There is a number for Camden which is the one you could try. Before doing so, I would recommend doing a little research at the NJ Division of Civil Rights website at www.nj.gov/oag/dcr. As the other attorneys who responded (and I, too) have mentioned, your particular termination does not appear to be motivated by a legally impermissible basis, and it is doubtful that there is anything this or any other agency could do to help you. However, it is always good to know your rights.

Best of luck to you.

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Posted

Your situation is a rising problem in the U.S where a number of people have been convicted for past charges, such as drug offenses committed in their youth and a record these offenses remain into adulthood despite a record of law abiding behavior since. According to one estimate, there are currently over 12 million felons in the United States, representing roughly 8% of the working-age population. The Equal Employment Opportunity Commission has interpreted the Civil Rights Act to require that, where an employment policy of a state, municipal, or private employer that discriminates against criminals will have a disparate racial impact, employers must show a business necessity before automatically disqualifying criminals. But, some statutes prohibit hiring criminals for certain types of jobs, such as health care or education, and forbid licensing boards from distributing licenses to criminals or require the boards to consider the applicant's moral character. Professions requiring licensing can include Emergency Medical Technicians and Paramedics, billiard room employees, attorneys, physicians, pharmacists, nurses, barbers, embalmers, septic tank cleaners, realtors, accountants, contractors, and sellers of alcoholic beverages. Such regulations sometimes result from lobbying by professional communities seeking to raise barriers to entry.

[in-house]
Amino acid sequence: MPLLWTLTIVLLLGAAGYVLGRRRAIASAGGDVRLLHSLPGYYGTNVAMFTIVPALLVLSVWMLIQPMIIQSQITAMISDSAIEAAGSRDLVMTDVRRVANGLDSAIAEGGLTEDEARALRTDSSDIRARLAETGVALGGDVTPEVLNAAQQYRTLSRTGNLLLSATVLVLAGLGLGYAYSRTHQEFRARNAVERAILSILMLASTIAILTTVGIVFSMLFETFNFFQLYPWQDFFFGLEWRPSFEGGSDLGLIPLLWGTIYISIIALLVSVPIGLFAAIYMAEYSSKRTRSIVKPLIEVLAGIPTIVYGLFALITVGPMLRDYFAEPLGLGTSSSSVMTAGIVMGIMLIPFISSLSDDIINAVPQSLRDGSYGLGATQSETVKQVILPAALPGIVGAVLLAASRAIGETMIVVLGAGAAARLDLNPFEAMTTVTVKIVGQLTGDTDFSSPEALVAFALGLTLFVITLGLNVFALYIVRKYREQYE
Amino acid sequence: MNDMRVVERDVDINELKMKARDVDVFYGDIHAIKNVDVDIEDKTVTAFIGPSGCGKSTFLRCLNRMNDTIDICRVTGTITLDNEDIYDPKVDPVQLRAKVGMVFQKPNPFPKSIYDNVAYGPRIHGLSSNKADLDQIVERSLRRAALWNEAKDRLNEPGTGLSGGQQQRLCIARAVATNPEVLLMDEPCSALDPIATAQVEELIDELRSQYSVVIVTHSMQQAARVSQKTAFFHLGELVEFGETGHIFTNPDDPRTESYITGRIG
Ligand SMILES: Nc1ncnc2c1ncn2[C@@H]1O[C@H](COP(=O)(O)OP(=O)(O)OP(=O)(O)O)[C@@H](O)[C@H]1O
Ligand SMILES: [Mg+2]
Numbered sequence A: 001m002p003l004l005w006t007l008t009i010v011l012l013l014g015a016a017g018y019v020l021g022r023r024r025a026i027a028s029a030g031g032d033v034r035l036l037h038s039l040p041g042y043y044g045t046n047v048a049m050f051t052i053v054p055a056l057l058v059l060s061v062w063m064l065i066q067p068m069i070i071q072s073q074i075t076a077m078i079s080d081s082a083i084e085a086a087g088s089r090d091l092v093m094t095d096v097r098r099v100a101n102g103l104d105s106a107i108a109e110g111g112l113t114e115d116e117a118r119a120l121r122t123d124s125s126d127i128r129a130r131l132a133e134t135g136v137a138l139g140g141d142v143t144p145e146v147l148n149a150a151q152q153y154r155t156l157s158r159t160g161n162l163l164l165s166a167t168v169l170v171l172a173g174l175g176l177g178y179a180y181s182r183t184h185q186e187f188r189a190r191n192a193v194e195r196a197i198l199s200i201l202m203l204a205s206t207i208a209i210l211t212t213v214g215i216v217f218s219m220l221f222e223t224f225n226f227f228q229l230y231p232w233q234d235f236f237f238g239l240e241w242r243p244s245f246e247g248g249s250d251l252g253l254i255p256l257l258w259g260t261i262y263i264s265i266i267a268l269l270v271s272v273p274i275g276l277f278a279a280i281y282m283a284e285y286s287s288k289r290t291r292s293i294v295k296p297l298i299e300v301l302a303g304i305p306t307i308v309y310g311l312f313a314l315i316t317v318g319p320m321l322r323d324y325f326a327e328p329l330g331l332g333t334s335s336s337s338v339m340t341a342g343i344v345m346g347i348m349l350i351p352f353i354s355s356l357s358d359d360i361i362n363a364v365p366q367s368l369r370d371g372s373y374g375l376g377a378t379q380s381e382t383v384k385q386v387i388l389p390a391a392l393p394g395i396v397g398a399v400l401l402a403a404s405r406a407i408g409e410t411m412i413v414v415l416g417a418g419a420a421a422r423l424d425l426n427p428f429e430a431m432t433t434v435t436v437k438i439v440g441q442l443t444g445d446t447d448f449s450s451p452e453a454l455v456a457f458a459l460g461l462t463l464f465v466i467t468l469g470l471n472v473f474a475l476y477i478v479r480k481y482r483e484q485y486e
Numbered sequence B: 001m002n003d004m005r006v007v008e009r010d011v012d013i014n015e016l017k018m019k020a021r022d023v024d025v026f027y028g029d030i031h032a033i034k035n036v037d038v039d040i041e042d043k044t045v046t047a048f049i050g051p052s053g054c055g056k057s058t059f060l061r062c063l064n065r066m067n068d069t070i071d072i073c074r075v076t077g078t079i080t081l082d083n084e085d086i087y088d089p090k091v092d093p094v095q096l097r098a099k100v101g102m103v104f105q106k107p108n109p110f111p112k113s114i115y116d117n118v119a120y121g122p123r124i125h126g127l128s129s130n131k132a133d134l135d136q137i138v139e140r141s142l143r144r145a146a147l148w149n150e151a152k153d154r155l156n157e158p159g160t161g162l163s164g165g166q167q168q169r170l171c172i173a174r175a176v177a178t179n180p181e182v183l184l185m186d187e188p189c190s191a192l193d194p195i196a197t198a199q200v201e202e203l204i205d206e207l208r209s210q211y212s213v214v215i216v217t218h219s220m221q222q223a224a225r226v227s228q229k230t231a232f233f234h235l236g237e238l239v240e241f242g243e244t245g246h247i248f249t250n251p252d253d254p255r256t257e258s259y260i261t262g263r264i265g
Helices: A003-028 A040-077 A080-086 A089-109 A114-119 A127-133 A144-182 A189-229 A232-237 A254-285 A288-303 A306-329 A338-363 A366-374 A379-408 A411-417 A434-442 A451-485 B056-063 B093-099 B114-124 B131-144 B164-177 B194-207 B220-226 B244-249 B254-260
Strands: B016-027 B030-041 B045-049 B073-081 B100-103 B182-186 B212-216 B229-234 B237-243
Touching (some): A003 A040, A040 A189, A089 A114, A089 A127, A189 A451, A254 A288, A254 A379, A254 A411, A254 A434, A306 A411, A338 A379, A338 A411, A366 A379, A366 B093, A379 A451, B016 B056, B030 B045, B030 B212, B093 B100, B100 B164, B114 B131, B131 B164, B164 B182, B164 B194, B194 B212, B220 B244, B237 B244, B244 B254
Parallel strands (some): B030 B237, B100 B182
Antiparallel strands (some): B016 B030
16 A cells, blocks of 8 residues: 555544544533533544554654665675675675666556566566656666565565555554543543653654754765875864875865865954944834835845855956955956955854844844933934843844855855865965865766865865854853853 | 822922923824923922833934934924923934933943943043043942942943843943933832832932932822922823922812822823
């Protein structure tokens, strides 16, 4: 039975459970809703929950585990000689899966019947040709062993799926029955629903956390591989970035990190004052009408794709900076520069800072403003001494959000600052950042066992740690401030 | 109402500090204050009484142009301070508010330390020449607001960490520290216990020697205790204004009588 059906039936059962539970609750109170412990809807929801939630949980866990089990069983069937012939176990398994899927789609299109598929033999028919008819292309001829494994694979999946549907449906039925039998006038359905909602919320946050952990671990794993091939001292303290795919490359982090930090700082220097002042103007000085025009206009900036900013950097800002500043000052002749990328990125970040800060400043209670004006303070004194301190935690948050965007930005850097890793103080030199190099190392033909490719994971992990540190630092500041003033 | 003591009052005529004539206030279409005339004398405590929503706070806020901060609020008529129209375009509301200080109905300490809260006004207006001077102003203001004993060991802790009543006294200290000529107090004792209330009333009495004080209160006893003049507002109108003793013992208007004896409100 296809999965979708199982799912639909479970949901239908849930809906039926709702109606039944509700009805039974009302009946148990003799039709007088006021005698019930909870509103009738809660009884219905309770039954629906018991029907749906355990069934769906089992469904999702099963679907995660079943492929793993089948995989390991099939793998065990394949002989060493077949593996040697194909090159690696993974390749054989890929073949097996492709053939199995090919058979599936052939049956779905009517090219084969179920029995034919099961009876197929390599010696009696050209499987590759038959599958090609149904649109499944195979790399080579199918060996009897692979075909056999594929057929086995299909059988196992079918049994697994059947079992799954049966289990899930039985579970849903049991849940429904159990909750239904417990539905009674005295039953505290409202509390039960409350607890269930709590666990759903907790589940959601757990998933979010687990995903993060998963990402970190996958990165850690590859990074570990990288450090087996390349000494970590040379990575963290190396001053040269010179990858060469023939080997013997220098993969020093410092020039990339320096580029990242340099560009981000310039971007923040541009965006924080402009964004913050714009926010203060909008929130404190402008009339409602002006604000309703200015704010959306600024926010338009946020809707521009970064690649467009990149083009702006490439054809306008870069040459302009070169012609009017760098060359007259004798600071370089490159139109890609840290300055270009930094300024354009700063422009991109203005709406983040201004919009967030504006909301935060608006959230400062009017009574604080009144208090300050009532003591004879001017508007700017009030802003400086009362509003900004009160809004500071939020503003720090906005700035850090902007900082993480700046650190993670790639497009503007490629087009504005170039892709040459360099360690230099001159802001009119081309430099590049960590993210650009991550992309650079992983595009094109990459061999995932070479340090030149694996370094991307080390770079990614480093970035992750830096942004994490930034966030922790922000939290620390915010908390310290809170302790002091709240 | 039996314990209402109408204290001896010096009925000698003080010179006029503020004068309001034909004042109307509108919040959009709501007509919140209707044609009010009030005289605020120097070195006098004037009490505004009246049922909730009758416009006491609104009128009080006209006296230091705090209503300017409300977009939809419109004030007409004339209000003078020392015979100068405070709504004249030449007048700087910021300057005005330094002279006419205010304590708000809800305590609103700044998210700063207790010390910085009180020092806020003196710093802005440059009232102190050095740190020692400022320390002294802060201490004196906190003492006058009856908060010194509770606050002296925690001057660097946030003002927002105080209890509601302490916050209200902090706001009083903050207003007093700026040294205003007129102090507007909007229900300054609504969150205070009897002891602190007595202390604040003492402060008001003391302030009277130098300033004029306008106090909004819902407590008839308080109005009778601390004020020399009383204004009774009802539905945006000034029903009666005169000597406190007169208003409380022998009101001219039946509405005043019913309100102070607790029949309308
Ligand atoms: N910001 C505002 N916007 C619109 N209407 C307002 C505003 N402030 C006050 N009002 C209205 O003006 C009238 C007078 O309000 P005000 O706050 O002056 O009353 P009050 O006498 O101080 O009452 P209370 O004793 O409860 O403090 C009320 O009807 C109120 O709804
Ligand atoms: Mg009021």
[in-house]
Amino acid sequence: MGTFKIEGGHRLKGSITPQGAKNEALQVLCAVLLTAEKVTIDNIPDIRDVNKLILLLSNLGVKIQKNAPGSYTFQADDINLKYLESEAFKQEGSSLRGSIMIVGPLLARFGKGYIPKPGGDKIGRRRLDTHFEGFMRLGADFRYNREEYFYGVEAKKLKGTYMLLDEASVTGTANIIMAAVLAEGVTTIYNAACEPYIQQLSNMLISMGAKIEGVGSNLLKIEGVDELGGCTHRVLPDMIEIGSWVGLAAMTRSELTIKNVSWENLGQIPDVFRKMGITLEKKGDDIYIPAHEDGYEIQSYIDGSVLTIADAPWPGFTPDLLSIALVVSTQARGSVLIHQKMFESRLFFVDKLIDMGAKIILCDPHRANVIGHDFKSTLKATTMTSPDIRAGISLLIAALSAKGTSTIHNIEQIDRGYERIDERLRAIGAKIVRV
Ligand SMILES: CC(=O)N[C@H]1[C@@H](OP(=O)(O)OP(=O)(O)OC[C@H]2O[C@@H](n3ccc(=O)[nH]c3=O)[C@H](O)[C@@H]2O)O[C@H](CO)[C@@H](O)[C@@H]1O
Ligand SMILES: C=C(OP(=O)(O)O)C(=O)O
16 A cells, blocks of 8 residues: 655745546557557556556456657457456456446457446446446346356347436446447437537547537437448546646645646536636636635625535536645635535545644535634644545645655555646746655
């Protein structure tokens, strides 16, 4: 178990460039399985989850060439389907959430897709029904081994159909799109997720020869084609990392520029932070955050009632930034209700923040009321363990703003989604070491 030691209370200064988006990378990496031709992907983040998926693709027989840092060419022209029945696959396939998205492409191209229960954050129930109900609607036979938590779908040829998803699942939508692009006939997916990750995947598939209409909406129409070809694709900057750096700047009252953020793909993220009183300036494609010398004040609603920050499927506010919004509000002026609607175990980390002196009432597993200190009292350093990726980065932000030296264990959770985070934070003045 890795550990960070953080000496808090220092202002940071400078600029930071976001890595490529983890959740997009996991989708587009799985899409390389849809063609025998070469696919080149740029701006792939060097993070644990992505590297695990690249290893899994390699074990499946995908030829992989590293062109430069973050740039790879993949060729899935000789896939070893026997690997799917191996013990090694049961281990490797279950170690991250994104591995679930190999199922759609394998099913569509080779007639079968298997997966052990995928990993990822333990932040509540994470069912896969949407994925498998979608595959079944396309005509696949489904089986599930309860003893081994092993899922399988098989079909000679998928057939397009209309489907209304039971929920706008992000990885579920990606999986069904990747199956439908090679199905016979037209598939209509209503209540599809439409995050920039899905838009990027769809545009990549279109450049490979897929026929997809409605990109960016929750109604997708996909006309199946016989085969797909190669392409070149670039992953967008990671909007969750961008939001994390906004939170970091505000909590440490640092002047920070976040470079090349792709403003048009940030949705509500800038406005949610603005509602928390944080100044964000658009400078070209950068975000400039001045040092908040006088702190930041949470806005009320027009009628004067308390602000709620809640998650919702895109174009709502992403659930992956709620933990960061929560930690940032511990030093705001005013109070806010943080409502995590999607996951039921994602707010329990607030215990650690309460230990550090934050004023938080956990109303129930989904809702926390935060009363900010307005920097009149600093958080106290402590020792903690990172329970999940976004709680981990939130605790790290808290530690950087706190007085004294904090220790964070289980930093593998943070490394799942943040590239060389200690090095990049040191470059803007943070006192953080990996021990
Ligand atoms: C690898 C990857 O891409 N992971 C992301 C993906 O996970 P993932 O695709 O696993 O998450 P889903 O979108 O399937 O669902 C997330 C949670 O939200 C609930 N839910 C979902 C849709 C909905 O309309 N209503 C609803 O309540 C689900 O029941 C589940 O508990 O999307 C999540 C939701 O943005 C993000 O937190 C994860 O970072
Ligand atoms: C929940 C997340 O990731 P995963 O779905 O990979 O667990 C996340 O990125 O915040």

Therefore, unless race is a factor, there is little you can do to with regard to the temp position at the college. However, I do suggest that you contact an attorney in order to have your record expunged. You will not be required to disclose your criminal background for future employment prospects.
There is currently legislation pending in some states that make it illegal to terminate or refuse to hire based on a criminal background unless that criminal conviction may directly impact the employer's business. There is no such pending legislation in New Jersey.

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Posted

Two articles regarding your issue below. While reading, keep in mind that the EEOC generally acts as an impediment and/or a barrier towards individuals who are trying to get their cases heard in Court.

http://www.americanthinker.com/2013/03/end_the_madness_at_the_eeoc.html

http://blogs.wsj.com/corporate-intelligence/2013/06/11/rejecting-applicants-with-criminal-backgrounds-a-government-lawsuit-may-follow/

Disclaimer: Any information provided through this forum is meant merely for informational purposes and is not legal/medical/tax advice. No attorney-client relationship exists as a result of this communication and to establish such a relationship, a potential client must enter into a written contract with the attorney. This attorney has not agreed to handle your case, nor will he do so until you have signed a written retainer agreement which outlines the obligations of both parties.